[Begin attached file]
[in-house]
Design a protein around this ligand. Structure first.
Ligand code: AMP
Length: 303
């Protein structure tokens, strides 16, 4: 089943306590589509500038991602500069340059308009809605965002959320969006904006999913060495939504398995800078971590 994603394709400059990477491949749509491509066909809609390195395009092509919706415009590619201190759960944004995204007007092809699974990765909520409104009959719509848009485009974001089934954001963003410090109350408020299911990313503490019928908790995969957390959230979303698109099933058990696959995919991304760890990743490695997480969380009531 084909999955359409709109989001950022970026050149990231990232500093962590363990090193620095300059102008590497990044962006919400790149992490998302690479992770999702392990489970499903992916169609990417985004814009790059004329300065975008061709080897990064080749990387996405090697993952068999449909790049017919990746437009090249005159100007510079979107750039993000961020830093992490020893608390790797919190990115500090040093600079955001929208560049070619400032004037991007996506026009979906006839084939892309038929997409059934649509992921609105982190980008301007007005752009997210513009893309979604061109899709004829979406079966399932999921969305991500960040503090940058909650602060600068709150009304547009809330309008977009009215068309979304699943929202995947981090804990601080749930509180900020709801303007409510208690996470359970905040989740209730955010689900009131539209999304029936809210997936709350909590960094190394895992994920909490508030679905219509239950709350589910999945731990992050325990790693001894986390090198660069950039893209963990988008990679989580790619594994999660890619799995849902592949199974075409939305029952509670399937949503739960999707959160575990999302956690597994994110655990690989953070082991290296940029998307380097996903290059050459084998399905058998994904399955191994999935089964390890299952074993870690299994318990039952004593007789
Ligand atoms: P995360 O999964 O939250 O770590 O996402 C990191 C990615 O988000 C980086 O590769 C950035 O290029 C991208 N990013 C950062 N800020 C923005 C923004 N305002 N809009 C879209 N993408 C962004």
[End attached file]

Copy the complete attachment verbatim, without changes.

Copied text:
[in-house]
Design a protein around this ligand. Structure first.
Ligand code: AMP
Length: 303
């Protein structure tokens, strides 16, 4: 089943306590589509500038991602500069340059308009809605965002959320969006904006999913060495939504398995800078971590 994603394709400059990477491949749509491509066909809609390195395009092509919706415009590619201190759960944004995204007007092809699974990765909520409104009959719509848009485009974001089934954001963003410090109350408020299911990313503490019928908790995969957390959230979303698109099933058990696959995919991304760890990743490695997480969380009531 084909999955359409709109989001950022970026050149990231990232500093962590363990090193620095300059102008590497990044962006919400790149992490998302690479992770999702392990489970499903992916169609990417985004814009790059004329300065975008061709080897990064080749990387996405090697993952068999449909790049017919990746437009090249005159100007510079979107750039993000961020830093992490020893608390790797919190990115500090040093600079955001929208560049070619400032004037991007996506026009979906006839084939892309038929997409059934649509992921609105982190980008301007007005752009997210513009893309979604061109899709004829979406079966399932999921969305991500960040503090940058909650602060600068709150009304547009809330309008977009009215068309979304699943929202995947981090804990601080749930509180900020709801303007409510208690996470359970905040989740209730955010689900009131539209999304029936809210997936709350909590960094190394895992994920909490508030679905219509239950709350589910999945731990992050325990790693001894986390090198660069950039893209963990988008990679989580790619594994999660890619799995849902592949199974075409939305029952509670399937949503739960999707959160575990999302956690597994994110655990690989953070082991290296940029998307380097996903290059050459084998399905058998994904399955191994999935089964390890299952074993870690299994318990039952004593007789
Ligand atoms: P995360 O999964 O939250 O770590 O996402 C990191 C990615 O988000 C980086 O590769 C950035 O290029 C991208 N990013 C950062 N800020 C923005 C923004 N305002 N809009 C879209 N993408 C962004």